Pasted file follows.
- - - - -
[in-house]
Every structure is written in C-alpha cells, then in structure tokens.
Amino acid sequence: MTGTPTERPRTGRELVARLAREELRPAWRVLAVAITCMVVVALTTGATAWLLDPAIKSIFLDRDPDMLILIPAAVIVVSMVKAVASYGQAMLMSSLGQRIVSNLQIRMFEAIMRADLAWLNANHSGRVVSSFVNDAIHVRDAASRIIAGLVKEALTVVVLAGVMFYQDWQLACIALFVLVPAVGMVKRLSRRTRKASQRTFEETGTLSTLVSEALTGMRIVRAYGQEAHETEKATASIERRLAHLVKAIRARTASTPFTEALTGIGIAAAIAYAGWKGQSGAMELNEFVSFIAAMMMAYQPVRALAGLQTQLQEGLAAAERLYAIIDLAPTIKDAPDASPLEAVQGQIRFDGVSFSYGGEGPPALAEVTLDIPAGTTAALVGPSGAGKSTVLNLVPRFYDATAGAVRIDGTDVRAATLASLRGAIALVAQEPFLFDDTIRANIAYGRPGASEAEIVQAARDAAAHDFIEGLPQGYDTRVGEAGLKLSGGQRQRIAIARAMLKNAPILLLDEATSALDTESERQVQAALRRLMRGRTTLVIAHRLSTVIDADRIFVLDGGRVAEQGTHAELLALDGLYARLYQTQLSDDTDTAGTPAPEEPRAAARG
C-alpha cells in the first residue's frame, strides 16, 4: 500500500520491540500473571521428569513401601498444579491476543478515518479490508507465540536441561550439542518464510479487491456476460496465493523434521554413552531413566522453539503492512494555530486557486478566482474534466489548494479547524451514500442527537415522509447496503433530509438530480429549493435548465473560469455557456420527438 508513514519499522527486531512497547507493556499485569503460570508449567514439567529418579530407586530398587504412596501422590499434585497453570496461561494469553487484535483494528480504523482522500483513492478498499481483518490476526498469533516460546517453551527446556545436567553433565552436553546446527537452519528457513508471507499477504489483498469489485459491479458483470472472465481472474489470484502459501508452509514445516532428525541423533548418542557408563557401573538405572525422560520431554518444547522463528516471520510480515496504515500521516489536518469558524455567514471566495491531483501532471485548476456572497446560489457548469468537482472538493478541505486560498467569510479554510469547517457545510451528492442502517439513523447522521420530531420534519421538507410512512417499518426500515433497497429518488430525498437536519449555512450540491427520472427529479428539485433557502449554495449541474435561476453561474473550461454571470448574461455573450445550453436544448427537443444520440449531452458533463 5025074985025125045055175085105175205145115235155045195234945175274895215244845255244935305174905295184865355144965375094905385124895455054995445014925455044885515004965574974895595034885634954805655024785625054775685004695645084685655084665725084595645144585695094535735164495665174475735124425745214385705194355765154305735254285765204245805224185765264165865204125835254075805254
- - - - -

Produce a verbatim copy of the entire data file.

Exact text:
[in-house]
Every structure is written in C-alpha cells, then in structure tokens.
Amino acid sequence: MTGTPTERPRTGRELVARLAREELRPAWRVLAVAITCMVVVALTTGATAWLLDPAIKSIFLDRDPDMLILIPAAVIVVSMVKAVASYGQAMLMSSLGQRIVSNLQIRMFEAIMRADLAWLNANHSGRVVSSFVNDAIHVRDAASRIIAGLVKEALTVVVLAGVMFYQDWQLACIALFVLVPAVGMVKRLSRRTRKASQRTFEETGTLSTLVSEALTGMRIVRAYGQEAHETEKATASIERRLAHLVKAIRARTASTPFTEALTGIGIAAAIAYAGWKGQSGAMELNEFVSFIAAMMMAYQPVRALAGLQTQLQEGLAAAERLYAIIDLAPTIKDAPDASPLEAVQGQIRFDGVSFSYGGEGPPALAEVTLDIPAGTTAALVGPSGAGKSTVLNLVPRFYDATAGAVRIDGTDVRAATLASLRGAIALVAQEPFLFDDTIRANIAYGRPGASEAEIVQAARDAAAHDFIEGLPQGYDTRVGEAGLKLSGGQRQRIAIARAMLKNAPILLLDEATSALDTESERQVQAALRRLMRGRTTLVIAHRLSTVIDADRIFVLDGGRVAEQGTHAELLALDGLYARLYQTQLSDDTDTAGTPAPEEPRAAARG
C-alpha cells in the first residue's frame, strides 16, 4: 500500500520491540500473571521428569513401601498444579491476543478515518479490508507465540536441561550439542518464510479487491456476460496465493523434521554413552531413566522453539503492512494555530486557486478566482474534466489548494479547524451514500442527537415522509447496503433530509438530480429549493435548465473560469455557456420527438 508513514519499522527486531512497547507493556499485569503460570508449567514439567529418579530407586530398587504412596501422590499434585497453570496461561494469553487484535483494528480504523482522500483513492478498499481483518490476526498469533516460546517453551527446556545436567553433565552436553546446527537452519528457513508471507499477504489483498469489485459491479458483470472472465481472474489470484502459501508452509514445516532428525541423533548418542557408563557401573538405572525422560520431554518444547522463528516471520510480515496504515500521516489536518469558524455567514471566495491531483501532471485548476456572497446560489457548469468537482472538493478541505486560498467569510479554510469547517457545510451528492442502517439513523447522521420530531420534519421538507410512512417499518426500515433497497429518488430525498437536519449555512450540491427520472427529479428539485433557502449554495449541474435561476453561474473550461454571470448574461455573450445550453436544448427537443444520440449531452458533463 5025074985025125045055175085105175205145115235155045195234945175274895215244845255244935305174905295184865355144965375094905385124895455054995445014925455044885515004965574974895595034885634954805655024785625054775685004695645084685655084665725084595645144585695094535735164495665174475735124425745214385705194355765154305735254285765204245805224185765264165865204125835254075805254